Tim Burton is one of my favourite directors. His latest movie, Miss Peregrine’s Home for Peculiar Children, is yet another adaptation, following previous works such as Charlie and the Chocolate Factory, Alice in Wonderland, and my personal favourite, Big Fish.
The movie follows the story of Jacob (Asa Butterfield), a Florida teenager who grew up on his grandfather’s tales of peculiar children in far away lands whom he used to visit and live with.
Following an untimely tragedy, Jacob decides to set out and find the characters in his Grandfather’s tales, eventually meeting the peculiar children and learning about their powers.
The film has an all star cast.
With frequent Burton collaborator Eva Green playing the role of Miss Peregrine, Samuel L. Jackson playing the antagonist, Barron, and even a cheeky cameo from Judi Dench, who plays Miss Avocet.
Visually, the movie is incredible.
The sets and locations are perfect, the costuming is fun, and the characters keep things very interesting (seriously one girl has a mouth at the back of her head…).
Burton has an incredible flare for redesigning characters from literature to make them aesthetically dazzling for the screen.
The lead shoes worn by Emma Bloom (Ella Purnell) are funky as hell, and the monster’s lanky aesthetic and pinstripe suits look super swaggy (and not too dissimilar from Jack Skellington, another famed Burton character).
For the most part I really enjoyed the film. It had everything I love about Burton written all over it.
That being said, the ending had me a little let down. The film was part set in 1943, and all the scenes pertaining to that era were spot on. However, when the story was taken into the 21st century near the film’s close, Burton began to use really contemporary doof music to score the film, which ended up removing me from the fantasy he had spent most the film setting up. I know it might seem small, but the change in music seemed so polarising that it ruined the flow.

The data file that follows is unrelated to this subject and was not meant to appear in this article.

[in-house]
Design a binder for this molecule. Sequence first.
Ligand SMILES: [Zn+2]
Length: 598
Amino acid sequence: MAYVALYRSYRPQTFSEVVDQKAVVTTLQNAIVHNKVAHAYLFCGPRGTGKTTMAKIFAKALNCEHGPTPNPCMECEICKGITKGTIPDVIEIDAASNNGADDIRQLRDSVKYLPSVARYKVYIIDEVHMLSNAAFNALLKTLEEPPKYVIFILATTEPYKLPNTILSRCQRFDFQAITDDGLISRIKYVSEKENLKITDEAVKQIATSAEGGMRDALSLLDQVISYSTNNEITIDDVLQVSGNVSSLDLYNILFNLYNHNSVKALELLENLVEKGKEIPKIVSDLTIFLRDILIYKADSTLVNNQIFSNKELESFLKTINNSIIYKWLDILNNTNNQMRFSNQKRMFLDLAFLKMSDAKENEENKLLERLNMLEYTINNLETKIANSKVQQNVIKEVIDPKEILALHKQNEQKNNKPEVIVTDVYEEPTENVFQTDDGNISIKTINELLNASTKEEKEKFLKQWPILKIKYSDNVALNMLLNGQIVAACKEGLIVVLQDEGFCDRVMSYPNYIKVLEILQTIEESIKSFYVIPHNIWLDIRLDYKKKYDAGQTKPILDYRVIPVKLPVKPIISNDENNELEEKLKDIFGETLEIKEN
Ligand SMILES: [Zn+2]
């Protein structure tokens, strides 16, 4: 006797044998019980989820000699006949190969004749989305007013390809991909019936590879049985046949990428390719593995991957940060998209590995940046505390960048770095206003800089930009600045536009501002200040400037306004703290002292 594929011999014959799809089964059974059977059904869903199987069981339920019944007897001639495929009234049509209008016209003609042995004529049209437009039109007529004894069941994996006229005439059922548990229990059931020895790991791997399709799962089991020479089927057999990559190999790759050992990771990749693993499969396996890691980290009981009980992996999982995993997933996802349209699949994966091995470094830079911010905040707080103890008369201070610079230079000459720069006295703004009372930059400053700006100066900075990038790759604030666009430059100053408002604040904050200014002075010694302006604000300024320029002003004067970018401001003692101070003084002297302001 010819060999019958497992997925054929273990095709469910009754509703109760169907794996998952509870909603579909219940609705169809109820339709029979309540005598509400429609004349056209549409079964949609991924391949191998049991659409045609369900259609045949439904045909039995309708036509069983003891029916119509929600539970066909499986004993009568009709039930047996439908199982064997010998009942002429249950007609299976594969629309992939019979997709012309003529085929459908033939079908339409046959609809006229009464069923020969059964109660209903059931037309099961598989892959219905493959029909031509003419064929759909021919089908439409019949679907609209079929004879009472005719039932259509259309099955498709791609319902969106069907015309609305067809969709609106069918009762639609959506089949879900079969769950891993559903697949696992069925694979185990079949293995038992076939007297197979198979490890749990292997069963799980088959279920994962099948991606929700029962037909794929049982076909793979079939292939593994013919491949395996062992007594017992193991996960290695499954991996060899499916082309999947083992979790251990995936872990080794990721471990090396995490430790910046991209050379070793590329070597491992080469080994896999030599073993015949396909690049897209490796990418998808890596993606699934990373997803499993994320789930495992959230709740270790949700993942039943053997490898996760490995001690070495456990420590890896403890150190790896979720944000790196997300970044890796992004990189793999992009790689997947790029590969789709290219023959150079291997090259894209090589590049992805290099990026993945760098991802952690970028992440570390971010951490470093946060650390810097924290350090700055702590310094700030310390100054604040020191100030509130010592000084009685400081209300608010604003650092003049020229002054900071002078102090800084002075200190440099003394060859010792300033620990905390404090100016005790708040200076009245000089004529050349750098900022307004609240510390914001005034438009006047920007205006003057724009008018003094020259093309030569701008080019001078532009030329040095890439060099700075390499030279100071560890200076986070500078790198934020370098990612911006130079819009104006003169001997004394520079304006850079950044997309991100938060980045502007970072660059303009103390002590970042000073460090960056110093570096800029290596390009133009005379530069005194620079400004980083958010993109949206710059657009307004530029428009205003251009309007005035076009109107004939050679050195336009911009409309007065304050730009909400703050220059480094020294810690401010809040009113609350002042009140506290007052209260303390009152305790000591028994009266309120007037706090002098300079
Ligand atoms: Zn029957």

But I can’t complain too much.
After all, Burton did make it up to me by throwing in a little stop-motion sequence, which was totally awesome, and a nice reminder of his creative origins.
The film was a lot of fun, I really would recommend everyone go see it.
But before I sign off I have a quick plea to the man himself. I really wish Burton would stop relying on remakes and adaptations. Earlier this year he released Alice in Wonderland: Through the Looking Glass, now this. I would love to see him come out with an original.
I miss the good old days of Edward Scissorhands and Beetlejuice. I’m quite certain that if he put his mind to it, he could come up with some really crazy and fun ideas.